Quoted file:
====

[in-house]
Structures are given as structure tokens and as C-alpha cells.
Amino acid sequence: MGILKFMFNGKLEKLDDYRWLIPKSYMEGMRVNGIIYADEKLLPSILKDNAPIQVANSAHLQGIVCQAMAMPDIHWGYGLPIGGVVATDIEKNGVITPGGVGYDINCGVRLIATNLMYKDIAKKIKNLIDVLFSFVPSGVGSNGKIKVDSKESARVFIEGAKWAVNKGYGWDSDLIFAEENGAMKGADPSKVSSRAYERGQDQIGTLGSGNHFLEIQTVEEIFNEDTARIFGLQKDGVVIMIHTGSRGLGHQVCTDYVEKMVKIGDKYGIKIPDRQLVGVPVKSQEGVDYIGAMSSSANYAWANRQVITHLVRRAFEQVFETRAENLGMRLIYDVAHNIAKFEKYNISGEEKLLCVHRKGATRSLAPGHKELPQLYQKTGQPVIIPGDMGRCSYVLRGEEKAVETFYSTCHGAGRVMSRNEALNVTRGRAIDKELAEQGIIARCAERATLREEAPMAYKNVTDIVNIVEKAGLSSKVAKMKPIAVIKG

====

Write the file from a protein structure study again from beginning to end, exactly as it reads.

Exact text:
[in-house]
Structures are given as structure tokens and as C-alpha cells.
Amino acid sequence: MGILKFMFNGKLEKLDDYRWLIPKSYMEGMRVNGIIYADEKLLPSILKDNAPIQVANSAHLQGIVCQAMAMPDIHWGYGLPIGGVVATDIEKNGVITPGGVGYDINCGVRLIATNLMYKDIAKKIKNLIDVLFSFVPSGVGSNGKIKVDSKESARVFIEGAKWAVNKGYGWDSDLIFAEENGAMKGADPSKVSSRAYERGQDQIGTLGSGNHFLEIQTVEEIFNEDTARIFGLQKDGVVIMIHTGSRGLGHQVCTDYVEKMVKIGDKYGIKIPDRQLVGVPVKSQEGVDYIGAMSSSANYAWANRQVITHLVRRAFEQVFETRAENLGMRLIYDVAHNIAKFEKYNISGEEKLLCVHRKGATRSLAPGHKELPQLYQKTGQPVIIPGDMGRCSYVLRGEEKAVETFYSTCHGAGRVMSRNEALNVTRGRAIDKELAEQGIIARCAERATLREEAPMAYKNVTDIVNIVEKAGLSSKVAKMKPIAVIKG